In the Icelandic tax system, individuals are subject to tax on all personal income and capital income. Taxable income is divided into three main categories:
- Category A is comprised of wages and salaries, including presumptive employment income of self-employed individuals, employment-related benefits, retirement pensions, social security payments, grants, payments to copyright holders, royalties, etc.
- Category B is comprised of income from a business and income from an independent economic activity.
- Category C is comprised of capital income such as dividends, interest, and capital gains.
The concept of taxable income includes all kinds of payments made in cash and by other means where the monetary value can be ascertained.
Gains from the sale of privately owned property are subject to 22% capital income tax.
Gains from sales of private residential property are tax-exempt if the property has been in the taxpayer’s ownership for over two years.
In general, an individual’s capital gains from the sale of privately owned liquid assets are tax-exempt.
Dividends are subject to capital income tax. In the event of share decrease or the liquidation of the company, payments to shareholders exceeding the purchase price are treated as dividends and, as such, are subject to 22% tax.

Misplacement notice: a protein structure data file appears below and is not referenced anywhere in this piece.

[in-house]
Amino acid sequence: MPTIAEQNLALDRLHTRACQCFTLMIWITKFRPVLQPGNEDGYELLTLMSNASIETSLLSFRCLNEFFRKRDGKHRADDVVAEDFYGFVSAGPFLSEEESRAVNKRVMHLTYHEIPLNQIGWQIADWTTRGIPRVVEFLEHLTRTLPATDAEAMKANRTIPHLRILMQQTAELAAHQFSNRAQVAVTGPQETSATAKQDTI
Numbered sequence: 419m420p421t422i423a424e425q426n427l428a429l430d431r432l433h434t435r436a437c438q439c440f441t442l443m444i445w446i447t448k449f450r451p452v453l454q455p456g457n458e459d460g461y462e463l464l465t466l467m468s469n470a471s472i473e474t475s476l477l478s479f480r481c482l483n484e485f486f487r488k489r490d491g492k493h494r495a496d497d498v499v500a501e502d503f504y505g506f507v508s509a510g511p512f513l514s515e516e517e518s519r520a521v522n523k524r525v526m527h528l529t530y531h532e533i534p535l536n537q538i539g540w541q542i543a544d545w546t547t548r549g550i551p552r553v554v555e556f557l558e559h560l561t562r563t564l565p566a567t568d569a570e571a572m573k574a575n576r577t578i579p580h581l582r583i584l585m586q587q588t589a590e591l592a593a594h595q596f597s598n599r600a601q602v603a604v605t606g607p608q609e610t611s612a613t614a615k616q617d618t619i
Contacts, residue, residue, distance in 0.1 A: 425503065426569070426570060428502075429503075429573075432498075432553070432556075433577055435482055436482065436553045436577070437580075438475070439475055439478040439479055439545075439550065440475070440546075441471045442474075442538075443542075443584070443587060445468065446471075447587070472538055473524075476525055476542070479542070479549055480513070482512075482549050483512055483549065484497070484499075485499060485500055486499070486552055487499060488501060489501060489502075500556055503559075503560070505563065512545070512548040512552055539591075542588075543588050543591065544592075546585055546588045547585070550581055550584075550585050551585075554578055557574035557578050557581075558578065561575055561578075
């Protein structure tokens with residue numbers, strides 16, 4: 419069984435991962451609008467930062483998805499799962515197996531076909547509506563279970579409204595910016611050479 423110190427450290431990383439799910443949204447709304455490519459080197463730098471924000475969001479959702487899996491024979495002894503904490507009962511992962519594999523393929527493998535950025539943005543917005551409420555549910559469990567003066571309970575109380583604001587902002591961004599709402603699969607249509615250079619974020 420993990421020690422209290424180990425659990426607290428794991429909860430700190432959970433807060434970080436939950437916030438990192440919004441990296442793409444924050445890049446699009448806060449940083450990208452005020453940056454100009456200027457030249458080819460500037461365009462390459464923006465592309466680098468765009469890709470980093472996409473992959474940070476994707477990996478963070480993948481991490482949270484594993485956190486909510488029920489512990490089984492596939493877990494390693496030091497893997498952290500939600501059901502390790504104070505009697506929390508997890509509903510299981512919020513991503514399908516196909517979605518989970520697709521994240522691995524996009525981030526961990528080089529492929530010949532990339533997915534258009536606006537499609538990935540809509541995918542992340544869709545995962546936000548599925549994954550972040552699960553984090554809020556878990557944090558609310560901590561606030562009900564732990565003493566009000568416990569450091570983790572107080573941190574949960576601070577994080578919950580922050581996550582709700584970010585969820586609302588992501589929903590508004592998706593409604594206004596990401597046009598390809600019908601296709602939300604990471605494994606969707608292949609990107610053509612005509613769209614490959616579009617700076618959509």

Interest income derived from bank deposits, mutual and investment funds, bonds or other financial deeds, any kind of exchange rate profit, and any other income from monetary assets are subject to 22% capital income tax. No tax is calculated on the total interest revenue up to ISK 300,000 per year for an individual. This personal allowance is not applicable for withholding tax (WHT), but applies in the final tax assessment.
Rental income from residential properties and liquid assets is subject to 22% capital income tax. Note that only 50% of rental income is subject to taxation. Individuals renting out residential property for a limited period of time can deduct the rental cost of the property by netting the cost they incur for personal housing against the income generated.
No significant items of compensation are tax exempt in Iceland.